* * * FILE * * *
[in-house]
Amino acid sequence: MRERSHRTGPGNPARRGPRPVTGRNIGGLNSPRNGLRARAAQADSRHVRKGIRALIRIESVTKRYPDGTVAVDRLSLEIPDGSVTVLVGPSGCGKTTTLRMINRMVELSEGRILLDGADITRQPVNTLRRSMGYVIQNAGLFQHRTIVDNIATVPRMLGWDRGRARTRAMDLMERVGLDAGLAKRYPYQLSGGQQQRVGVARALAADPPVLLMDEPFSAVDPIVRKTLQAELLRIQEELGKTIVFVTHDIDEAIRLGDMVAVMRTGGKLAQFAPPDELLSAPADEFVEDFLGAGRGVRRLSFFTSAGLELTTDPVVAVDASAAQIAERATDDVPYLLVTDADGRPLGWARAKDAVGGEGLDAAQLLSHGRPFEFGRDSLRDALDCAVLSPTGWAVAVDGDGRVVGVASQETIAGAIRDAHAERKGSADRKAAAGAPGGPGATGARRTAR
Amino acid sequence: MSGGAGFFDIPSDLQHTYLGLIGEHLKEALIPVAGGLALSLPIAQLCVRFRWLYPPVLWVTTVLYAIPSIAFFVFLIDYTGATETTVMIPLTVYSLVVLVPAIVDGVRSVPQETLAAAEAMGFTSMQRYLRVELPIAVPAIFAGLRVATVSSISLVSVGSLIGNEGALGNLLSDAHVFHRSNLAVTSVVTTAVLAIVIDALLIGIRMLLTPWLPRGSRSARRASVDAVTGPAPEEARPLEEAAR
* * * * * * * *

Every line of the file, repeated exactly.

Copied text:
[in-house]
Amino acid sequence: MRERSHRTGPGNPARRGPRPVTGRNIGGLNSPRNGLRARAAQADSRHVRKGIRALIRIESVTKRYPDGTVAVDRLSLEIPDGSVTVLVGPSGCGKTTTLRMINRMVELSEGRILLDGADITRQPVNTLRRSMGYVIQNAGLFQHRTIVDNIATVPRMLGWDRGRARTRAMDLMERVGLDAGLAKRYPYQLSGGQQQRVGVARALAADPPVLLMDEPFSAVDPIVRKTLQAELLRIQEELGKTIVFVTHDIDEAIRLGDMVAVMRTGGKLAQFAPPDELLSAPADEFVEDFLGAGRGVRRLSFFTSAGLELTTDPVVAVDASAAQIAERATDDVPYLLVTDADGRPLGWARAKDAVGGEGLDAAQLLSHGRPFEFGRDSLRDALDCAVLSPTGWAVAVDGDGRVVGVASQETIAGAIRDAHAERKGSADRKAAAGAPGGPGATGARRTAR
Amino acid sequence: MSGGAGFFDIPSDLQHTYLGLIGEHLKEALIPVAGGLALSLPIAQLCVRFRWLYPPVLWVTTVLYAIPSIAFFVFLIDYTGATETTVMIPLTVYSLVVLVPAIVDGVRSVPQETLAAAEAMGFTSMQRYLRVELPIAVPAIFAGLRVATVSSISLVSVGSLIGNEGALGNLLSDAHVFHRSNLAVTSVVTTAVLAIVIDALLIGIRMLLTPWLPRGSRSARRASVDAVTGPAPEEARPLEEAAR